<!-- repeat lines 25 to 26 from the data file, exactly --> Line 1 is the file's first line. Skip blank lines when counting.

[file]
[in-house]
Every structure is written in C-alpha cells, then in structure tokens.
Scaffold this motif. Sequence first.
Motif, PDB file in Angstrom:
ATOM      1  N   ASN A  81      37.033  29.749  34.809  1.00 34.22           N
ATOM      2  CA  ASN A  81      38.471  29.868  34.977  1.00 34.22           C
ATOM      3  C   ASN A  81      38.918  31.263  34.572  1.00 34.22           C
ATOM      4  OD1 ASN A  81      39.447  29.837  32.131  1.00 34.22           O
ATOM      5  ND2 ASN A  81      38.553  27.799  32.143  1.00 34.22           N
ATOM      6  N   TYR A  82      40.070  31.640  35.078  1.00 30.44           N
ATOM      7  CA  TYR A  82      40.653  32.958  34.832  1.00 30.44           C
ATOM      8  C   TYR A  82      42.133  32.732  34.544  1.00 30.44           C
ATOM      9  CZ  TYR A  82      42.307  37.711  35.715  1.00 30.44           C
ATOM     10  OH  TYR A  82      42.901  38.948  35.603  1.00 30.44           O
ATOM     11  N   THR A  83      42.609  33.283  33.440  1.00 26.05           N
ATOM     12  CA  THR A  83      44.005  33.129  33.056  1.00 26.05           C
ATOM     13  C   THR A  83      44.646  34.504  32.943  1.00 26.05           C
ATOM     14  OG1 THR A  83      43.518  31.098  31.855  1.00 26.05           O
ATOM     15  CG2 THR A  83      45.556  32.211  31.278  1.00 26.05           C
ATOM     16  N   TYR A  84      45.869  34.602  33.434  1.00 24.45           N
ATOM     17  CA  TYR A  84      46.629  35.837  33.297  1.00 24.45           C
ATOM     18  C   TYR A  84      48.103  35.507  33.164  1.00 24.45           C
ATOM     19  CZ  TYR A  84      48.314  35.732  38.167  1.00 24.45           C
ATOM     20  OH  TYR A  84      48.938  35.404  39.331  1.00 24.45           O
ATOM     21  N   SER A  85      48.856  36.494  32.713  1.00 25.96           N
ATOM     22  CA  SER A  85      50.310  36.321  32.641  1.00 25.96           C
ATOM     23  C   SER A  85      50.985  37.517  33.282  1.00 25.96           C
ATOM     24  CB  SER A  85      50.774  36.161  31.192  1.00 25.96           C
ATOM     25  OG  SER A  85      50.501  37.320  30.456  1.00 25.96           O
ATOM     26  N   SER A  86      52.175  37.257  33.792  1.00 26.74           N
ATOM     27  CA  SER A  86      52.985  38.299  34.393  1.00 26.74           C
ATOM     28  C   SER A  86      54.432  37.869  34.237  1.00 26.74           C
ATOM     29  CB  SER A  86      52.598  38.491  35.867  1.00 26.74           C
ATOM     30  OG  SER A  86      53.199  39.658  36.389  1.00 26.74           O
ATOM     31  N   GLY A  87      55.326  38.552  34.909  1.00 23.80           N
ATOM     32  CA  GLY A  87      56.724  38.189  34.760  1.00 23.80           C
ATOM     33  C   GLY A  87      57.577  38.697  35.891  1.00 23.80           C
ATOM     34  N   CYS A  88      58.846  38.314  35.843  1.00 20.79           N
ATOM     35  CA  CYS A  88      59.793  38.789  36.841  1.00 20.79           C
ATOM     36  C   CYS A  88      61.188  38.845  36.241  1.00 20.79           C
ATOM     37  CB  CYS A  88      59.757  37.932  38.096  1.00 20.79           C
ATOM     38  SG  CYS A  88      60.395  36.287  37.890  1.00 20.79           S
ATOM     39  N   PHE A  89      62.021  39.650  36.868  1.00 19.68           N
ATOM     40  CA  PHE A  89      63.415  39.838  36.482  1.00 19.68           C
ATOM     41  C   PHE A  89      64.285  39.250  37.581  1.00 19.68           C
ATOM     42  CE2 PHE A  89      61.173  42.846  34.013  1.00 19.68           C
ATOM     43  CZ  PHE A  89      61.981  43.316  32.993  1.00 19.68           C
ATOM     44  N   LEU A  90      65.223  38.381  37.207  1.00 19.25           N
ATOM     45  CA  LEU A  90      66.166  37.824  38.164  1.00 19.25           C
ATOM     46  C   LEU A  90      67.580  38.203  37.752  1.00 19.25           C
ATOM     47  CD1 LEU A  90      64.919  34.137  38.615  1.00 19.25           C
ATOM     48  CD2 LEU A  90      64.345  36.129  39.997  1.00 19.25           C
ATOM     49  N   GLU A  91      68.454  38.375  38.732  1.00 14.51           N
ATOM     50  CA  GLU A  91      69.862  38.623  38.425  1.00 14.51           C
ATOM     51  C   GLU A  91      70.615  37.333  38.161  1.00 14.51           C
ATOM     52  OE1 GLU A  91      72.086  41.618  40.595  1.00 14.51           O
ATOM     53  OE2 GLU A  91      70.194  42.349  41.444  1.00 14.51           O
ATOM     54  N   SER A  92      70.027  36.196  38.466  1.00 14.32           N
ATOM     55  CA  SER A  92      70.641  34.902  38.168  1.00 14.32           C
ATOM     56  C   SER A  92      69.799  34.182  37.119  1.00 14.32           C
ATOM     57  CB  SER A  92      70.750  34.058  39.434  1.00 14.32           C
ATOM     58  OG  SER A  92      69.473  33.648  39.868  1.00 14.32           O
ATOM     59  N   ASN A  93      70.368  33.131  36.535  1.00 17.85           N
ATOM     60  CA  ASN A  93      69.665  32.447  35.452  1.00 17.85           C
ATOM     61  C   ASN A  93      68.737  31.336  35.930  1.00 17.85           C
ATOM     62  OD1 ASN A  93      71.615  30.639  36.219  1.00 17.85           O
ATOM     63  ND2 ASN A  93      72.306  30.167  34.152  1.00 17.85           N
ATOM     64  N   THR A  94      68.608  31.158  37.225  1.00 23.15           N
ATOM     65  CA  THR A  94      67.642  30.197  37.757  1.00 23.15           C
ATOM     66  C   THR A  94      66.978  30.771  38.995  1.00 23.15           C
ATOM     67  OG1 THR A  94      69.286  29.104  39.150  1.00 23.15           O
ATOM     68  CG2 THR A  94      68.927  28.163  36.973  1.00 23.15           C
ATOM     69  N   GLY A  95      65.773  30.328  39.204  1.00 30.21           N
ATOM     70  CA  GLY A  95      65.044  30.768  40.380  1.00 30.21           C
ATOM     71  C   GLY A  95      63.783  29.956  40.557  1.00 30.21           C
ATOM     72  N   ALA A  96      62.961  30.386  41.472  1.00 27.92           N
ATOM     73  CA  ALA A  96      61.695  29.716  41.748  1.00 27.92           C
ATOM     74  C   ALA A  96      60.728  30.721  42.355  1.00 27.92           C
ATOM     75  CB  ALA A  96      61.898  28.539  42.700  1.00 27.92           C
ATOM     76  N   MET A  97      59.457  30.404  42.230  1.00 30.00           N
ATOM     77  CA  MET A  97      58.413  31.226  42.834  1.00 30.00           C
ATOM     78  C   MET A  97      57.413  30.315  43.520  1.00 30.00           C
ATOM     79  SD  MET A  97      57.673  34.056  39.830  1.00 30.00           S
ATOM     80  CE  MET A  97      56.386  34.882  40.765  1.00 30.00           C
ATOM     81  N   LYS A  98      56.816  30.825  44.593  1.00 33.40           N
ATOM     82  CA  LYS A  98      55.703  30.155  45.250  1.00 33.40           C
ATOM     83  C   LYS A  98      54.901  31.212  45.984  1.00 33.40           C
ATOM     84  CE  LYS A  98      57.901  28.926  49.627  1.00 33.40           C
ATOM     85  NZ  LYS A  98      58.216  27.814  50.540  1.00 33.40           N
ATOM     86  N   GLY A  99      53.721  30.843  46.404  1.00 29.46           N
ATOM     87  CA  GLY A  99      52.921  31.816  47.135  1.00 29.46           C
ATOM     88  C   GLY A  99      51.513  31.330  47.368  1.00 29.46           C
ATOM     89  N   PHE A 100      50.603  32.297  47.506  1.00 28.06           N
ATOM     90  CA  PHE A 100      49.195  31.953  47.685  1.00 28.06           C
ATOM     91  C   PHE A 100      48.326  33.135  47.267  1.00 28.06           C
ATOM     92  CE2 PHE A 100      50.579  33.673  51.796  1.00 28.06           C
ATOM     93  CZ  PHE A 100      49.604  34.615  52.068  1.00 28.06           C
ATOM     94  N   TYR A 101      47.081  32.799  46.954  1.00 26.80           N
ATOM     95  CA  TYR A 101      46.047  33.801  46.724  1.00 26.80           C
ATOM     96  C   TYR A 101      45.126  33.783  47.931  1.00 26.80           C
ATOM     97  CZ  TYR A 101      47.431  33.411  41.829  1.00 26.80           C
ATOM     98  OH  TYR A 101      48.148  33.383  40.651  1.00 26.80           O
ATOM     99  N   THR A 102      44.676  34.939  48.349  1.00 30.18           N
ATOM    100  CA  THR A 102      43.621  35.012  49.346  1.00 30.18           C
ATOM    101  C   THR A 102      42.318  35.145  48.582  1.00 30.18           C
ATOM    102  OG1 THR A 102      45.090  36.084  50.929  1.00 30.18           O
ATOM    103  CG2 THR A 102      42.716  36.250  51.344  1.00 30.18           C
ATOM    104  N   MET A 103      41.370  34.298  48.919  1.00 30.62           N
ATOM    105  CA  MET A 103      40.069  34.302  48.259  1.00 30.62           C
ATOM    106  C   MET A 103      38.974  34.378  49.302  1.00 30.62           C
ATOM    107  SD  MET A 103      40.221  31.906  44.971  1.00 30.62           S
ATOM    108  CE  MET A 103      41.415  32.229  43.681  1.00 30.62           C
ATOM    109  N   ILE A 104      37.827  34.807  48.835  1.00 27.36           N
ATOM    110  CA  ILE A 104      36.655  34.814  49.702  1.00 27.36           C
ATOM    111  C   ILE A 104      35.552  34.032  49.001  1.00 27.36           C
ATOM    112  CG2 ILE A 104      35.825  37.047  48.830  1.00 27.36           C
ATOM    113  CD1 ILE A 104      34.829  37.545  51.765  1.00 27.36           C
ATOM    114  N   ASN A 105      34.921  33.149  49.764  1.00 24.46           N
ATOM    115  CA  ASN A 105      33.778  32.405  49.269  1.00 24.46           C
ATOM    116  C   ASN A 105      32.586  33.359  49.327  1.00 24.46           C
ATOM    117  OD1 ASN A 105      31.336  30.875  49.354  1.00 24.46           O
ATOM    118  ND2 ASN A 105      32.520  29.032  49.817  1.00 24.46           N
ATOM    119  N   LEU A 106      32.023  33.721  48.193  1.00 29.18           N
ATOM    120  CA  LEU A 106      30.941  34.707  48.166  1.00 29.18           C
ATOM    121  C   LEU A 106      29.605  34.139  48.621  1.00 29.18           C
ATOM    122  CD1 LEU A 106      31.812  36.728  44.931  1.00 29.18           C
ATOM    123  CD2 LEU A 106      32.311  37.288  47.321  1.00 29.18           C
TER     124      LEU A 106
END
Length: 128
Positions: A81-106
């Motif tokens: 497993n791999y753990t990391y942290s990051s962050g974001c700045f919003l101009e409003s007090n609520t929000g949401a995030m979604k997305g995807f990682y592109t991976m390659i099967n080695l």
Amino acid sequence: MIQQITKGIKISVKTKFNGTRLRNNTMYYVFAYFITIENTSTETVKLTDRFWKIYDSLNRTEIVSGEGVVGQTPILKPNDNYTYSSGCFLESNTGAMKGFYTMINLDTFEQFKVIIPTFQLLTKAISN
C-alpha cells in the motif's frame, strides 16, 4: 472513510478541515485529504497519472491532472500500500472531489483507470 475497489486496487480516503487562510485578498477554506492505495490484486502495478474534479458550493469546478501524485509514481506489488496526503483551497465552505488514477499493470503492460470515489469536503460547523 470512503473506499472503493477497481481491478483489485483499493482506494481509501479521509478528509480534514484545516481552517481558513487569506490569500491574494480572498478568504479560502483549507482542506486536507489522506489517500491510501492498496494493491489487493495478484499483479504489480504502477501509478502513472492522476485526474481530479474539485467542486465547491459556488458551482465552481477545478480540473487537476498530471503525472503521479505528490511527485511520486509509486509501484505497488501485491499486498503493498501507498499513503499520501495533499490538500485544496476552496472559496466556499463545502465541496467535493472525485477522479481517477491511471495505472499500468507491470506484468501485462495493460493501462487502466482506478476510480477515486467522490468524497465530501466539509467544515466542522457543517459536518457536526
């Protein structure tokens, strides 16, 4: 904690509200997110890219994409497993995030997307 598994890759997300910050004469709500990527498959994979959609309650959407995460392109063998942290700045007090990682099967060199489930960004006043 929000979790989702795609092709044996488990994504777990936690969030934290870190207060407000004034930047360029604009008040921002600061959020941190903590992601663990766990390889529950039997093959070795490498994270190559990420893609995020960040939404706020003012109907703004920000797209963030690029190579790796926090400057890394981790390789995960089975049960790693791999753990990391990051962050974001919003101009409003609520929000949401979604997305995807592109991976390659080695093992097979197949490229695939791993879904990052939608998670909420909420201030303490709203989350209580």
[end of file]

ATOM     21  N   SER A  85      48.856  36.494  32.713  1.00 25.96           N
ATOM     22  CA  SER A  85      50.310  36.321  32.641  1.00 25.96           C